It seems as if every business these days is seeking ways to integrate data from multiple sources to gain business insights for competitive advantage.
A data pipeline is a set of actions that ingest raw data from disparate sources and move the data to a destination for storage and analysis. A pipeline also may include filtering and features that provide resiliency against failure.
To understand how a data pipeline works, think of any pipe that receives something from a source and carries it to a destination. What happens to the data along the way depends upon the business use case and the destination itself. A data pipeline may be a simple process of data extraction and loading, or, it may be designed to handle data in a more advanced manner, such as training datasets for machine learning.
Source: Data sources may include relational databases and data from SaaS applications. Most pipelines ingest raw data from multiple sources via a push mechanism, an API call, a replication engine that pulls data at regular intervals, or a webhook. Also, the data may be synchronized in real time or at scheduled intervals.
Destination: A destination may be a data store — such as an on-premises or cloud-based data warehouse, a data lake, or a data mart — or it may be a BI or analytics application.
Transformation: Transformation refers to operations that change data, which may include data standardization, sorting, deduplication, validation, and verification. The ultimate goal is to make it possible to analyze the data.
Processing: There are two data ingestion models: batch processing, in which source data is collected periodically and sent to the destination system, and stream processing, in which data is sourced, manipulated, and loaded as soon as it’s created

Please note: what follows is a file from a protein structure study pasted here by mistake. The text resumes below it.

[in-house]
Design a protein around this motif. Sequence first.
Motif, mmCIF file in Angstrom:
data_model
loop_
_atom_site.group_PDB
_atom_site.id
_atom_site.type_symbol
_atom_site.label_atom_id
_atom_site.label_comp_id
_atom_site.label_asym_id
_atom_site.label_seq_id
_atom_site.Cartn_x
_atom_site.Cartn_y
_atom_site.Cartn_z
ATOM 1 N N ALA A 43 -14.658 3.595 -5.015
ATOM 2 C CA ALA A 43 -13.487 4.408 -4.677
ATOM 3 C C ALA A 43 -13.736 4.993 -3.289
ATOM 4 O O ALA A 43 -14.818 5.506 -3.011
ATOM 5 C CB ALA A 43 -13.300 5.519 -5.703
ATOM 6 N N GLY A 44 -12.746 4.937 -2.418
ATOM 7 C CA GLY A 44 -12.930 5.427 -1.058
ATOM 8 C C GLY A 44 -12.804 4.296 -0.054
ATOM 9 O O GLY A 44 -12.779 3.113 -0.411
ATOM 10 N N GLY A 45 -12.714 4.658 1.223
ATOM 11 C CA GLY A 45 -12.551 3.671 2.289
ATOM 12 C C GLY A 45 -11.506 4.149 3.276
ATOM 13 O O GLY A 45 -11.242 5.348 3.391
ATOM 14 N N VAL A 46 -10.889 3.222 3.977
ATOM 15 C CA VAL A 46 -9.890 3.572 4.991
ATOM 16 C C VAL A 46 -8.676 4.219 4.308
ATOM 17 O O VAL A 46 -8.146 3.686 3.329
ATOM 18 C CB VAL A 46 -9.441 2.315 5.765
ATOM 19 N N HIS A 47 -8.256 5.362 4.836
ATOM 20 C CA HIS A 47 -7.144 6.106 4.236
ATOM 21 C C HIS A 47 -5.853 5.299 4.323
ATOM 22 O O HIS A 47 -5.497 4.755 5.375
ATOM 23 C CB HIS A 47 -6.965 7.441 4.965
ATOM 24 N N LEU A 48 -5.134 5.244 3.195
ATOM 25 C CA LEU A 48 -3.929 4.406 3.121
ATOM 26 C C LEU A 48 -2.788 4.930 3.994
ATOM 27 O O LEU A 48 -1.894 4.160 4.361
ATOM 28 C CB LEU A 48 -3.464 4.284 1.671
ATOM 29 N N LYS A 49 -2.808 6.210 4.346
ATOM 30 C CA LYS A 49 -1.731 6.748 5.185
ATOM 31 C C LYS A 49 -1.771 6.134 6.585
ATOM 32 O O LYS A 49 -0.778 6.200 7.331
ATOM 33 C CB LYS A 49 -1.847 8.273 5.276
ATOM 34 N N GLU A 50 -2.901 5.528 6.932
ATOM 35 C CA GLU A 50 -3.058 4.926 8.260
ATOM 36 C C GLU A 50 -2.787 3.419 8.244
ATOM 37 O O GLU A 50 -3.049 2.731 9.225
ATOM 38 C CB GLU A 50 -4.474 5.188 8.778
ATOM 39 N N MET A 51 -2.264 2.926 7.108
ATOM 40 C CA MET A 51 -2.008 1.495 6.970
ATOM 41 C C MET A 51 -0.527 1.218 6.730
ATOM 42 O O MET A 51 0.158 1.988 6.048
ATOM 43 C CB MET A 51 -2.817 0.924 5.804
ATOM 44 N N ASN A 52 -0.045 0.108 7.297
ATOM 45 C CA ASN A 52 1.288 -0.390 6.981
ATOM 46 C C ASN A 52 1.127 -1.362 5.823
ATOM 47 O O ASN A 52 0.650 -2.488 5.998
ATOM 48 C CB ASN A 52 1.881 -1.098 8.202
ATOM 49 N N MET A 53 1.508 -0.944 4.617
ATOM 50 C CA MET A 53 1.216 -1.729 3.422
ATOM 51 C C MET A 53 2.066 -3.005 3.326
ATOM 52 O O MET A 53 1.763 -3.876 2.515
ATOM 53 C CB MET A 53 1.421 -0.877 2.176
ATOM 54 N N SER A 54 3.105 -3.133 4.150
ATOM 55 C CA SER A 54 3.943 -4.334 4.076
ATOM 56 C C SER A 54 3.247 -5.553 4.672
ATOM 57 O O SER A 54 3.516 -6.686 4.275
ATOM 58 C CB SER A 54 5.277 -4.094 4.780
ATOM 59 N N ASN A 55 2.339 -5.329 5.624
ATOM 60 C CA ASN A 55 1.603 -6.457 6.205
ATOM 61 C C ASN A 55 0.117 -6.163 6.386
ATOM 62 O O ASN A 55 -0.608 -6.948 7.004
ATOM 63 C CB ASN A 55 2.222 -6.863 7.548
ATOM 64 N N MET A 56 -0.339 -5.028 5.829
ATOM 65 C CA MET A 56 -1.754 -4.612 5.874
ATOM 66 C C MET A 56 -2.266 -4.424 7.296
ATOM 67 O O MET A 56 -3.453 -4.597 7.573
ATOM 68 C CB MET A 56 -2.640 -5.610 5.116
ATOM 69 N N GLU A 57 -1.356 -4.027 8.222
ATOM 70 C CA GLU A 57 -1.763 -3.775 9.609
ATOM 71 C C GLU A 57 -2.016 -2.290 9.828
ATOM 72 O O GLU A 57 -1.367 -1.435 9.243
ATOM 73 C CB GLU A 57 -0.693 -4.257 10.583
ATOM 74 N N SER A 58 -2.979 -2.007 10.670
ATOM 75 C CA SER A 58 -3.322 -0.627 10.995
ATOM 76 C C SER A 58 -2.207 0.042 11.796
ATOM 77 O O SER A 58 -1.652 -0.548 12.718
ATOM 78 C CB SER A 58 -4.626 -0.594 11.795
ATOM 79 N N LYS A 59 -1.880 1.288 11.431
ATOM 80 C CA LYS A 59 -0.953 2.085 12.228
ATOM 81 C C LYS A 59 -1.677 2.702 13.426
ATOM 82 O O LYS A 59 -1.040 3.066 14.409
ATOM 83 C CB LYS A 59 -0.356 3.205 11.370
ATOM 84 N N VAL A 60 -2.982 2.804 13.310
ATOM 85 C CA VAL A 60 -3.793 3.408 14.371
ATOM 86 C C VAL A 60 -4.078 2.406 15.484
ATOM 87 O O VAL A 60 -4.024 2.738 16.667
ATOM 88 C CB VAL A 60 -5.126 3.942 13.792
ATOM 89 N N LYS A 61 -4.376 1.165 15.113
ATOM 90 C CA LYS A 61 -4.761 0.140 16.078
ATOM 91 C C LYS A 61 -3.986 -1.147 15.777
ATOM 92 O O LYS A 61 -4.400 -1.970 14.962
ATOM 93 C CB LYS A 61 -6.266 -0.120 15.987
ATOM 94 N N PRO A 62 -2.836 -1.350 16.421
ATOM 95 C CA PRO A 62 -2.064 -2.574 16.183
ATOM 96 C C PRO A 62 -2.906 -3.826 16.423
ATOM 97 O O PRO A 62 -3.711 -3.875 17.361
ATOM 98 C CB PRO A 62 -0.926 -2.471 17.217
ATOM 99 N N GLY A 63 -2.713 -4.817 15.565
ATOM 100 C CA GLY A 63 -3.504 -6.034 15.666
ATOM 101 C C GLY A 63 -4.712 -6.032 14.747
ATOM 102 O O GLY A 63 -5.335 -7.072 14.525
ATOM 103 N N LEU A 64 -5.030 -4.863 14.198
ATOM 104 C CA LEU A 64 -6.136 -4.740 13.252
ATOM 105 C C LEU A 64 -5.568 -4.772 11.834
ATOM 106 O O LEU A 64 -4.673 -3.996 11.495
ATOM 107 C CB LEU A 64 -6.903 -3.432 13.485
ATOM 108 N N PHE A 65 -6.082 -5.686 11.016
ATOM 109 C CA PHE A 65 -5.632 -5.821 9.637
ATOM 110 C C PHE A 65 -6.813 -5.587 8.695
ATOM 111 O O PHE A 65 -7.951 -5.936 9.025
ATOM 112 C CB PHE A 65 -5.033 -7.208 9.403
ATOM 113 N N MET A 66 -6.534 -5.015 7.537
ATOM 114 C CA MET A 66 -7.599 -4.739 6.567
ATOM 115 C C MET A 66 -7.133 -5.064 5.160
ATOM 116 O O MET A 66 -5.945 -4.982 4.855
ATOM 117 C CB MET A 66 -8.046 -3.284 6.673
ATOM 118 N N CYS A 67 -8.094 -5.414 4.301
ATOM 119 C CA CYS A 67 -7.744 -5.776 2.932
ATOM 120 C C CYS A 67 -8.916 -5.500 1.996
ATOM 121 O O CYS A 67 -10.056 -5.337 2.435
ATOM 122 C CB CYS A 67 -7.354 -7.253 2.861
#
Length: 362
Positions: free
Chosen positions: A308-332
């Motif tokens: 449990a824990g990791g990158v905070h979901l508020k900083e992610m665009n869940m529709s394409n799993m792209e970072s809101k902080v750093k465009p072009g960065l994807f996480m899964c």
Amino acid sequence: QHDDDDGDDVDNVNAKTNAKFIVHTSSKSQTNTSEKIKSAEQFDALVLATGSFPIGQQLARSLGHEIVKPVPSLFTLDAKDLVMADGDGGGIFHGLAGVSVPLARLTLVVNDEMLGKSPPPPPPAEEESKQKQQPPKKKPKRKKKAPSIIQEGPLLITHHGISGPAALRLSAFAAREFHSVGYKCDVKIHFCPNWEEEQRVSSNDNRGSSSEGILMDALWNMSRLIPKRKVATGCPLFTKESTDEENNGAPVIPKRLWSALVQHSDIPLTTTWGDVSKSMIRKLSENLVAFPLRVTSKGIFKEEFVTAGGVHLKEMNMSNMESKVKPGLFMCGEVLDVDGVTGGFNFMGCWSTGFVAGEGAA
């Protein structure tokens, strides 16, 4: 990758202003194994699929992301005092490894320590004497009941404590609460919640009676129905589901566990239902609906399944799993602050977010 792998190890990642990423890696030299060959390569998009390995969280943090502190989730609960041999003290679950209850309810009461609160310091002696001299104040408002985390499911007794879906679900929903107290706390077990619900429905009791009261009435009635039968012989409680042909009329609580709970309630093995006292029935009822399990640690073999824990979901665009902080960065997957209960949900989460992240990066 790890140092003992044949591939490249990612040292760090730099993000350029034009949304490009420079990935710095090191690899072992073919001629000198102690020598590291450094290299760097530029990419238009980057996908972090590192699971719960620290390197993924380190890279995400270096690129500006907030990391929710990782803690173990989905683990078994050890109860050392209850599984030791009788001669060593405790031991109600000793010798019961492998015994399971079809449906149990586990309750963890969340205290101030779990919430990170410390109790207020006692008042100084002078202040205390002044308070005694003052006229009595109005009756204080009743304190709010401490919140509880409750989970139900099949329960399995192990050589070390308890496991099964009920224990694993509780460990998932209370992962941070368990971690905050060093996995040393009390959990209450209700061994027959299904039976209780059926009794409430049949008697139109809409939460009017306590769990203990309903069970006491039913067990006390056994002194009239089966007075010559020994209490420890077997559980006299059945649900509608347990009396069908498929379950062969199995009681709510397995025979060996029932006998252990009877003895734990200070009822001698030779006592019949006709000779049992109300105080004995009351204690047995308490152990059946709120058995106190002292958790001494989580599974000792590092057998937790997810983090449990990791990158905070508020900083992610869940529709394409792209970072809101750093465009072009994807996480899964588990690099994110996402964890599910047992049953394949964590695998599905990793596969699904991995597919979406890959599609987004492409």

Workflow: Workflow involves sequencing and dependency management of processes. Workflow dependencies can be technical or business-oriented.
Monitoring: Data pipelines must have a monitoring component to ensure data integrity. Examples of potential failure scenarios include network congestion or an offline source or destination. The pipeline must include a mechanism that alerts administrators about such scenarios.
Many companies build their own data pipelines. Spotify, for example, developed a pipeline to analyze its data and understand user preferences. Its pipeline allows Spotify to see which region has the highest user base, and it enables the mapping of customer profiles with music recommendations.
But there are challenges when it comes to developing an in-house pipeline. Different data sources provide different APIs and involve different kinds of technologies. Developers must write new code for every data source, and may need to rewrite it if a vendor changes its API, or if the organization adopts a different data warehouse destination.
Speed and scalability are two other issues that data engineers must address. For time-sensitive analysis or business intelligence applications, ensuring low latency can be crucial for providing data that drives decisions. And the solution should be elastic as data volume and velocity grows. The high costs involved and the continuous efforts required for maintenance can be major deterrents to building a data pipeline in-house.
ETL tools that work with in-house data warehouses do as much prep work as possible, including transformation, prior to loading data into data warehouses. Today, however, cloud data warehouses like Amazon Redshift, Google BigQuery, Azure SQL Data Warehouse, and Snowflake can scale up and down in seconds or minutes, so developers can replicate raw data from disparate sources and define transformations in SQL and run them in the data warehouse after loading or at query time.
Just as there are cloud-native data warehouses, there also are ETL services built for the cloud. Businesses can set up a cloud-first platform for moving data in minutes, and data engineers can rely on the solution to monitor and handle unusual scenarios and failure points.
In a SaaS solution, the provider monitors the pipeline for these issues, provides timely alerts, and takes the steps necessary to correct failures. Business leaders and IT management can focus on improving customer service or optimizing product performance instead of maintaining the data pipeline.
Before you try to build or deploy a data pipeline, you must understand your business objectives, designate your data sources and destinations, and have the right tools. But setting up a reliable data pipeline doesn't have to be complex and time-consuming. Stitch makes the process easy. Sign up for Stitch for free and get the most from your data pipeline, faster than ever before.